• Liam Tracey

Life with aerophobia

When was the last time you took a plane journey? And did you have any thoughts regarding the risks you were taking by boarding the flight? Well, it turns out that flying is statistically more safe than riding the train or taking the car. With that being said, aerophobia is incredibly common, with around 30% of all air passengers reporting that they have a fear of flying, whether mild or more severe. But it still leaves many asking, what is it like to have this phobia?

In a previous post by Kate Maxwell, we take a look at the fundamentals of the fear of flying. You can have a read of her article to learn more about this phobia and just how it can affect us.

Realities of life with aerophobia


When it comes to life with a fear of flying, it can be more debilitating than simply not being able to get on a plane for a holiday abroad or a weekend away. Sufferers deal with the harsh reality that comes with a phobia.


Sure, they avoid taking a flight, but they can also be challenged by being at a departure gate, the terminal building or even simply talking about flying. Anywhere or anything which is remotely related to flying can be a trigger for them and can lead to the onset of intense fear, visible discomfort, along with stressful thoughts about flying.   


Then, when they are in a place in which they feel they can take a flight, the resulting effects on their health and behaviour can be debilitating. It is extremely common for them to become confused, and unable to think clearly, leading to erratic and often challenging behaviours. This often becomes aggressive, combative and is most likely aimed at family, friends and sometimes airport or airline staff.  


The range of physical symptoms related to aerophobia are significant too. From panic attacks to shaking, nausea and vomiting, to chest pain and abdominal uneasiness, dizziness and fainting, to sweating and clammy hands, it is no surprise that avoidant behaviour is the single most common coping mechanism that those with a fear of flying utilise. 


So, when we consider the idea that a Kiwi can’t take a flight, all of a sudden that becomes quite perplexing. Considering that 2020 has us staying in New Zealand and that many of us are exploring parts of the country that we haven’t even seen before, it might just be a little insight into their style of holiday break. Not everyone is excited to jump on a plane at the earliest opportunity to get to the Islands or Australia!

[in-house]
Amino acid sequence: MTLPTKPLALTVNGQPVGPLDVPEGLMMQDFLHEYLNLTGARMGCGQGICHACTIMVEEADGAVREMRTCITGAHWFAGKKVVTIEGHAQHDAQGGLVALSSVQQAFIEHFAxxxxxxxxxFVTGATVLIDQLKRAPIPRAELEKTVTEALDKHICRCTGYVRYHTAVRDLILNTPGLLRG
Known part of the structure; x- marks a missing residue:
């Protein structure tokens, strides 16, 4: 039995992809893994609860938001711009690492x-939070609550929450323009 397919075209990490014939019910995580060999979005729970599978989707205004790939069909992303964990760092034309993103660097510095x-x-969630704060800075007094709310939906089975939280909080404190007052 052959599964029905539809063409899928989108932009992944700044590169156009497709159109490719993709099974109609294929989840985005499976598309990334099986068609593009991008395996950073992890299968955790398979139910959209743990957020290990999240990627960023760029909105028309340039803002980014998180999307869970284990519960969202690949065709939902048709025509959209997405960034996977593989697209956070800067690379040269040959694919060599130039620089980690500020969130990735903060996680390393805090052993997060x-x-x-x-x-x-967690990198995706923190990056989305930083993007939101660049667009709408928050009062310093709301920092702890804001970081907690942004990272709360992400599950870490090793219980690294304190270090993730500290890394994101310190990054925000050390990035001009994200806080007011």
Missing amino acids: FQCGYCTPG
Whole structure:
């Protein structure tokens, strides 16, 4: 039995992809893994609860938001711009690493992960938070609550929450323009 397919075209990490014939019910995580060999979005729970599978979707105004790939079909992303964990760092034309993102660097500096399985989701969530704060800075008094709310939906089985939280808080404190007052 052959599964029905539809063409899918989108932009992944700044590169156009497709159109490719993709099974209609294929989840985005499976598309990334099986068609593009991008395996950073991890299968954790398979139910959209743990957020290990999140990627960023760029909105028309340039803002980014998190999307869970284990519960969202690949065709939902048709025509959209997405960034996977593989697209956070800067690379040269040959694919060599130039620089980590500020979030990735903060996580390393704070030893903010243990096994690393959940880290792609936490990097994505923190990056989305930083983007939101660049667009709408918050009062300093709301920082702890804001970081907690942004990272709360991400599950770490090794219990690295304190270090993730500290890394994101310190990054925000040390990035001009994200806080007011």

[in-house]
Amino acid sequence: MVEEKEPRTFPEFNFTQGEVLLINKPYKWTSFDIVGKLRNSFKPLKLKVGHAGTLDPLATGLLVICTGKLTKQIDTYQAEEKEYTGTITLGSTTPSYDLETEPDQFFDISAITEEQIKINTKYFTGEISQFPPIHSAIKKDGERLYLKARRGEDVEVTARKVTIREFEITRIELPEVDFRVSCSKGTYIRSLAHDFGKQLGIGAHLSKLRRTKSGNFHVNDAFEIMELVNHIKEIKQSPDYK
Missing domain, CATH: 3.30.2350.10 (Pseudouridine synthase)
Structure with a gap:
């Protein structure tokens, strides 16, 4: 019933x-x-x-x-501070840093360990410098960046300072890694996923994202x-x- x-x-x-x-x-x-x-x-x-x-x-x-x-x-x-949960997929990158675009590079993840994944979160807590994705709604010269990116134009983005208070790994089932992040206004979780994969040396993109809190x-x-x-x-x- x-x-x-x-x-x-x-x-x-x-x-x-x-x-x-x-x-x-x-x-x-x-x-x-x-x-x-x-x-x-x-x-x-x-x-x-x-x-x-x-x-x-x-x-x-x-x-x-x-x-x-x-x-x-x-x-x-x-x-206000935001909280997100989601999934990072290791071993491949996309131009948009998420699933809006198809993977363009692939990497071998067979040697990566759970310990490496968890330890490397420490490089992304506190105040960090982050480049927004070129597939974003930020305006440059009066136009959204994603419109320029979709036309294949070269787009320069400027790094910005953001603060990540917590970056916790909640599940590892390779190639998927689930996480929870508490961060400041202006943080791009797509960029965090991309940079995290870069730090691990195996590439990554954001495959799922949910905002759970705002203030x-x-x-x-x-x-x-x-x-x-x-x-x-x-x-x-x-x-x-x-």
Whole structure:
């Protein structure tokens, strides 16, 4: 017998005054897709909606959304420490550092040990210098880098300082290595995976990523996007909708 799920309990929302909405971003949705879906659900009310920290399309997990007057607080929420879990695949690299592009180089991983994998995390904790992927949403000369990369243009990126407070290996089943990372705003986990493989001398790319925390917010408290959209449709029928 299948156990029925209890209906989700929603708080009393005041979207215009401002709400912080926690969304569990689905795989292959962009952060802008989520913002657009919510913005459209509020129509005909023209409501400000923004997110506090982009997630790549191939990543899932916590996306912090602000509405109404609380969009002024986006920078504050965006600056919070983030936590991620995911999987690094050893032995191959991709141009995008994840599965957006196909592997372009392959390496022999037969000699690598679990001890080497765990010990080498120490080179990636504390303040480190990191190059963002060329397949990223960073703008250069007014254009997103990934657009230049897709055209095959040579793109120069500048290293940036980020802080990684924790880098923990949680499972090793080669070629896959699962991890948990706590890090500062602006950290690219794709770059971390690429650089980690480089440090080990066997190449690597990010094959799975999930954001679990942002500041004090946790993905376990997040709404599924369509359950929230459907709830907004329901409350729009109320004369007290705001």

Tips from sufferers


As for learning from the experience of others, there is much we can glean from those who have suffered from aerophobia. Here are three tips from those who have previously had a fear of flying, and who have found some solace in taking these steps.


  1. Watch what you drink - drinking caffeine, energy drinks or alcohol before (and during) a flight is not going to help. These stimulants will add extra nervous energy before you board and will heighten your awareness to your phobia. Instead, why not have some peppermint or chamomile tea, both of which have calming qualities.

  2. Take a deep breath - phobias are rooted in anxiety, so for anyone who has experienced anxiety appreciates it is no walk in the park. So, knowing how to recognize and cope with anxiety is essential. Practicing slow, deep breathing can ensure your body remains calm, particularly during take off and landing.

  3. Get to know the process - for those with aerophobia, knowledge is key. It is completely natural to fear things which we don't fully understand. Learning more about how airplanes work, what causes turbulence, and even the physics of flying can empower you against your phobia.

If the content of this article has you thinking you might just have a fear of flying, why reach out to the team at oVRcome for find out more. And, of course, stay tuned for updates on how to manage aerophobia through the upcoming app!   



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